Track Reviews

Track Reviews: 2-8 May 2011



We’re a democratic bunch of so’n’sos. All encompassing. Willing to listen to public opinion. So in the spirit of the wondrous wind of change which may (or may not) be completely revolutionising the UK’s electoral system this week, consider this as the first of what may literally be one AV Tracks Column.

Is it a grubby little compromise? Yes. Well it’s grubby, at least. And if you knew what we’d originally written about Blue (see what we ended up with below), it’s definitely a bit of a compromise.

But anyway, take your form and put the candidates listed below in order of preference until you don’t care, or you get as far as Tinchy Stryder. Whichever comes first.

Then send ’em in, and we’ll tell you who’s won. Or we’ll give them to a hamster to make a nest out of.

Tinchy Stryder and Dappy – Spaceship

It’s pretty clear at this point that we’re not all rowing in the same direction aboard the Good Ship Austerity. We can turn a blind eye to 50 Cent‘s high-rolling egomania. Even Wiz Khalifa‘s stunted narcissism is tolerable at times. But Tinchy and Dappy? Come on, lads – are we all in this together or not?

Spaceship sees the pint-sized pair emerge from some sunny abode, climb aboard two supercars and start brag-rapping with barely comprehensible flights of fancy that read like a bad GCSE poetry project.

“Momma thought I wouldn’t make it; now she’s living in a spaceship. Something something something… Would you like a facelift?” A real casserole of nonsense, this. Guaranteed chart-topper.

Blue I Can

Can you urinate on a cash point? Can you suggest that 9/11 was ‘blown out of all proportion’ because elephants were dying? Can you follow a stint with Britain’s least favourite R&B boy-band since East 17 with a sub-standard solo career?

Members of Blue can. And God bless Eurovision for giving them another chance to pass in and out of public consciousness in less time than it takes Cyprus to give a Greek transvestite singing about trams 12 points (for political reasons).

Nil points here

Frankmusik ft. Far East Movement Do It In The AM

Having initially read this as ‘Do It In The Arm’, the presumption was made that Frankmusik’s new single was some kind of purity-ring wearing, chastity pronouncing, friend of the Jonas‘, no-sex-till-we’re-married-with-a-mortgage-and-a-King Charles-Spaniel type of thing.

But it isn’t. It’s do it in the AM, and it’s a squelchy electronic number which would quite possibly like to take you home on the first date to show you some hard beats.

Listen Here

Beth Jeans Houghton – Dodecahedron

We bloody love Beth Jeans Houghton round these parts. We regularly host BJH-themed nights out where everybody adopts a similar name – Jane Socks McAteer, Mary Cagoules McGrath or Pamela Flip-Flops Aldridge, for instance – and acts out an elaborate charade of generating hype, suddenly disappearing and then returning better than ever.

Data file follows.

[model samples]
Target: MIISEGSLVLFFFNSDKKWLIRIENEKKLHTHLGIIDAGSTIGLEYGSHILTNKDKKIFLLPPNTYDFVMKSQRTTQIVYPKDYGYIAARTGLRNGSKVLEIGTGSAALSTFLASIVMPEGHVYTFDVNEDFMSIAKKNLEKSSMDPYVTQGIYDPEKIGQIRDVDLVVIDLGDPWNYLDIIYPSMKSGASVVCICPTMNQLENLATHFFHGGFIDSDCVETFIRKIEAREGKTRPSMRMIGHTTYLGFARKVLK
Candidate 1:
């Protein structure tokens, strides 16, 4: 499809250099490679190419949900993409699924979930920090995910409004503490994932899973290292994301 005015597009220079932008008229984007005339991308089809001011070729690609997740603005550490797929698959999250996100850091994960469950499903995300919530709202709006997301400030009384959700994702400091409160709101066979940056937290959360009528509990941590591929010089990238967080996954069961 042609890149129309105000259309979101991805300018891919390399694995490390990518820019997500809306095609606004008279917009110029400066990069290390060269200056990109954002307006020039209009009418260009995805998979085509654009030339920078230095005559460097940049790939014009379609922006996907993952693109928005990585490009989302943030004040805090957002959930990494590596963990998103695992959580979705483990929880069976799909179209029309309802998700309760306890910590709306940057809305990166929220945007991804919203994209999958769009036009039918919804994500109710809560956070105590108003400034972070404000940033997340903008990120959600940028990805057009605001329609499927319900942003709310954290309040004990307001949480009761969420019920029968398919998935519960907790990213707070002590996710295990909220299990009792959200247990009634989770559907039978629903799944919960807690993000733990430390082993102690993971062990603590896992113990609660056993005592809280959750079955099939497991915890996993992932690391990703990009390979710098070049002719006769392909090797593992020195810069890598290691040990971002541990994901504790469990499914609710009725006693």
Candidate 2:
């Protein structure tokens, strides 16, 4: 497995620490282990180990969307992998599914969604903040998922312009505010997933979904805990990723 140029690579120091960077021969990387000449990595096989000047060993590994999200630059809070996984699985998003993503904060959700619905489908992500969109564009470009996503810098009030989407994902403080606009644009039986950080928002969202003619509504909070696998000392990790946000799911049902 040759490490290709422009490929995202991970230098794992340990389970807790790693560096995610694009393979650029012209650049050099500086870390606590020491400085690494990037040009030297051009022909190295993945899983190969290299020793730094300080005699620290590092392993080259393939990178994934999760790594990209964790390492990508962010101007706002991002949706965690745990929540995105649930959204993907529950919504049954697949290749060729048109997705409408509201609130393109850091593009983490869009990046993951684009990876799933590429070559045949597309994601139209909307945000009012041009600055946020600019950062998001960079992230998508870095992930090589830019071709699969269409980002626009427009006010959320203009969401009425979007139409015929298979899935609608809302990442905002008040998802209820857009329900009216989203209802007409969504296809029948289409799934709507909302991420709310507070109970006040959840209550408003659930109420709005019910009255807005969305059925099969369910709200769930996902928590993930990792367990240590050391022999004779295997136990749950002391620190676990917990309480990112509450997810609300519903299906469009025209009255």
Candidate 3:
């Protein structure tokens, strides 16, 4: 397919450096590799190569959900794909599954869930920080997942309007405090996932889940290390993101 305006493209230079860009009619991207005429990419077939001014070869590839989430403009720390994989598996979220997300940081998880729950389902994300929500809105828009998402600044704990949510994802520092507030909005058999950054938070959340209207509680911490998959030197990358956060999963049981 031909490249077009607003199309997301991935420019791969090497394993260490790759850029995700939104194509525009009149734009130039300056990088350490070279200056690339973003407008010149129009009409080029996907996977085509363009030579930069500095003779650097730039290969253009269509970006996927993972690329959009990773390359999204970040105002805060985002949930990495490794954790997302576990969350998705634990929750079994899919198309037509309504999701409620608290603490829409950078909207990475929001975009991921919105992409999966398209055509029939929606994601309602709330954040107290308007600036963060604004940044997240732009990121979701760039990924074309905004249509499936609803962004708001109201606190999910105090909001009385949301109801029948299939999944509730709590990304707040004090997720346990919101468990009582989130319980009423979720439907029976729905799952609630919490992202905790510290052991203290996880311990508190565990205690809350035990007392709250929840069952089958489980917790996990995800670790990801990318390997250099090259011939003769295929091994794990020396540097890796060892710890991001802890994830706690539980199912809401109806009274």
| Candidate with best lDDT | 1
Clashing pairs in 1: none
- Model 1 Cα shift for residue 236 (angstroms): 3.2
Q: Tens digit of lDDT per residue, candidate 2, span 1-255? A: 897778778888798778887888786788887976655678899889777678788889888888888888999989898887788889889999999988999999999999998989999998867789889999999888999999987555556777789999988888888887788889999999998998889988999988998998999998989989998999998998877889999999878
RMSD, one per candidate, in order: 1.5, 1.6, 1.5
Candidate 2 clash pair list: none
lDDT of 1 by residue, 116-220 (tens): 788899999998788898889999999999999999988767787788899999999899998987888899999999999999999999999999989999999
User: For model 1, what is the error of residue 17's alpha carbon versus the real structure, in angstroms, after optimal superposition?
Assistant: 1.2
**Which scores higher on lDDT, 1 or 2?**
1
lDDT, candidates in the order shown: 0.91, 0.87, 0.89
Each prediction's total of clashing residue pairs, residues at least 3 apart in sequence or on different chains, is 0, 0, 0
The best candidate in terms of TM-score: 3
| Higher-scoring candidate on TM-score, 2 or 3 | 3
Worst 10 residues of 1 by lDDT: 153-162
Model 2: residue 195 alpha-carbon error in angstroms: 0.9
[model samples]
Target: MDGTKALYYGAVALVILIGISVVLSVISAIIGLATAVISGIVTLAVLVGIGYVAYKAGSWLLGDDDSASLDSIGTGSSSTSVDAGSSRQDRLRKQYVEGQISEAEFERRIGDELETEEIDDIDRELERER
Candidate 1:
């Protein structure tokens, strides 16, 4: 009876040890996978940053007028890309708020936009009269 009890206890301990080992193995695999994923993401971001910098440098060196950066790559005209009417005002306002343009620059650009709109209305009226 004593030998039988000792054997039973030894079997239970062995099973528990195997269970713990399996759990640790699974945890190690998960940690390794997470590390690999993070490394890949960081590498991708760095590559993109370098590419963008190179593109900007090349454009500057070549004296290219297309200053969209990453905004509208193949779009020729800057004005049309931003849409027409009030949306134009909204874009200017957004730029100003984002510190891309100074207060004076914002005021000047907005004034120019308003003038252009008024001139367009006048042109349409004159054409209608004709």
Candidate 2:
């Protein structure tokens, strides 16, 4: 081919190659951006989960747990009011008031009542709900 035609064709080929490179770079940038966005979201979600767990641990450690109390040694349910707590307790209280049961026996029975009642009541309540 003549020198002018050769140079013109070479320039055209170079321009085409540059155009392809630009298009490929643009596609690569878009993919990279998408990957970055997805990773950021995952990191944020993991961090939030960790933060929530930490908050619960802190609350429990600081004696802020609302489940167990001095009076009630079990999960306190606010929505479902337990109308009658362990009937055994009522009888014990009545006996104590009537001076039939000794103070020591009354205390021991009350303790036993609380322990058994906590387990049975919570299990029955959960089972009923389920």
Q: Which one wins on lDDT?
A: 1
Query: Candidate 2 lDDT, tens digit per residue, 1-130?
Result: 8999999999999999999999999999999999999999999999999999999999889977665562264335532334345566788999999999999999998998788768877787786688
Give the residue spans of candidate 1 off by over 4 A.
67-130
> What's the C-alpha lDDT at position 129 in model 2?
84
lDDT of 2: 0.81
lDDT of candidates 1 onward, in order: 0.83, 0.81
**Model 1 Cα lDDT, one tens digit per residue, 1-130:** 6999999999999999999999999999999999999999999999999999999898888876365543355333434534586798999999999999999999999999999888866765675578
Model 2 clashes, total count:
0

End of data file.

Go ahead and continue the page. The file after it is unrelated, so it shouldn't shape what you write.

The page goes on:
Dodecahedron is the coup de grace set to install Beth once more as the name to keep an eye on. Quite apart from the fact that it’s one of the year’s best tracks yet, it’s also named for one of our very favourite shapes. All she needs now is to get the Reuleaux Polygon Tour underway and start work on her Lemniscate concept album.

The Pierces Glorious

Take a look outside. It’s summery. The sun is shining, birds are singing, it’s all going to be wonderful.

It’s definitely time for some acoustically strummed music. The kind of music that makes you put flowers in your hair, shove on that long floaty dress and dance around your local park. Followed rapidly by a night in the cells.

Look officer, I was just expressing myself. No, not exposing myself. Anyway, Glorious wafts along on blissful harmonics and a unassuming joy at the world like some kind of twice-removed cousin of California Dreaming.

Watch It Here

Diskjokke – Panutup

Few albums have a back story as colourful as remixer, compiler and artist-in-his-own-right Diskjokke’s forthcoming Sagara LP; an open-ended project commissioned in 2009 that took the Norwegian DJ on an Indonesian odyssey through the vagaries of traditional Gamelan music. It’s the sort of tale that deserves its own montage sequence.

Particularly intriguing is the week-long stay in Bali that seemingly steered the entire assignment further and further from away from conventional dance, and Panutup – Sagara’s closing track – hints at all manner of exotic delicacies set to indulge attendant ears upon the album’s release.

We’re not sure what exactly those seven days did to Diskjokke, but we do know of a few others who could benefit from such epiphanies (or at least get lost on the way there… Miaow!).



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